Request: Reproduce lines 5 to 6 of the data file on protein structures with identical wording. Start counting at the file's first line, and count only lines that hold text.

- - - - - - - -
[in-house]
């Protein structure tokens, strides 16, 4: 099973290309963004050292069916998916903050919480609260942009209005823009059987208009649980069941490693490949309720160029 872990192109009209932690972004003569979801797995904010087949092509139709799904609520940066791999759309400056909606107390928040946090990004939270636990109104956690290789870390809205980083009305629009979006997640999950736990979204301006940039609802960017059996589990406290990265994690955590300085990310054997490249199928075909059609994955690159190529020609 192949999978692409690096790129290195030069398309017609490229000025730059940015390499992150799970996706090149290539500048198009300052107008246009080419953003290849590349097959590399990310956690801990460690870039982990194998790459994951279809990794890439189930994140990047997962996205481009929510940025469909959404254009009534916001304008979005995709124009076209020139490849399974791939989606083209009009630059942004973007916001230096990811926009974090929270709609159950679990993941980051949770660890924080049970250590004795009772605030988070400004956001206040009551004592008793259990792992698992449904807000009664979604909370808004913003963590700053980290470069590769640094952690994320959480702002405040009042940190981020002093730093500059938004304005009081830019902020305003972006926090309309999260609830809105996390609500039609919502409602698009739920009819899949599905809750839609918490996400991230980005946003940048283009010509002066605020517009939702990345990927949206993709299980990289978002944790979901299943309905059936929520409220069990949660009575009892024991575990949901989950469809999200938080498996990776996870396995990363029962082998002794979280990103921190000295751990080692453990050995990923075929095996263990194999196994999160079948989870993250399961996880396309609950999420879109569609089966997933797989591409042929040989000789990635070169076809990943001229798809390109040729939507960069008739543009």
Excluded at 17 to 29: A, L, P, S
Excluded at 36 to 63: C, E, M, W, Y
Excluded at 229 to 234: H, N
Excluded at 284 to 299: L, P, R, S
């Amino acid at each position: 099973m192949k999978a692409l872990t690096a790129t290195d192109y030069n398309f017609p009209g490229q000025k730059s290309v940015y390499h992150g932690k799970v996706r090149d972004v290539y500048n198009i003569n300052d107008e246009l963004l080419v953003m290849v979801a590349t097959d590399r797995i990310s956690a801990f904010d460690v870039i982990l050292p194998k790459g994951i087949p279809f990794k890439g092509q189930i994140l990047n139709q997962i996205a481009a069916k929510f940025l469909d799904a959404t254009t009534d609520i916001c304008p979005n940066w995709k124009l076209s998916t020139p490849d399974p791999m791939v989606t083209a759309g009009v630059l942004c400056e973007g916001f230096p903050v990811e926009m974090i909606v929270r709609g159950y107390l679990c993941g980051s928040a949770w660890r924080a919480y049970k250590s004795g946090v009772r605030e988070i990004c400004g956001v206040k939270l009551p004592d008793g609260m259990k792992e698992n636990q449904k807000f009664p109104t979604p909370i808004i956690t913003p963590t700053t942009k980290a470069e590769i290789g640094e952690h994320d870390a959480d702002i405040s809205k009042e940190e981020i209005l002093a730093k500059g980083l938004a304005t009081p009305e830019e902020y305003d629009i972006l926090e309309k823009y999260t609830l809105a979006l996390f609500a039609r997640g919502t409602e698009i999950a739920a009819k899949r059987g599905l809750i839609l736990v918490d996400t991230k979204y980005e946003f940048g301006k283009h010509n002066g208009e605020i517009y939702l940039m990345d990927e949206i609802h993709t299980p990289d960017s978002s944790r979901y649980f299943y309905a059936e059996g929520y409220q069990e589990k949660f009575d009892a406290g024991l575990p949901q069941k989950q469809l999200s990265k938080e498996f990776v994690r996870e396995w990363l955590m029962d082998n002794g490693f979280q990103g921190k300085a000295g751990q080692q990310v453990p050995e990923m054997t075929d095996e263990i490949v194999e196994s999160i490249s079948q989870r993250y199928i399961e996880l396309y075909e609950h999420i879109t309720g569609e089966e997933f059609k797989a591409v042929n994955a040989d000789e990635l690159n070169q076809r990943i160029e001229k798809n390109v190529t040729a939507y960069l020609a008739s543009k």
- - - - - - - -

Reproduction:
Excluded at 229 to 234: H, N
Excluded at 284 to 299: L, P, R, S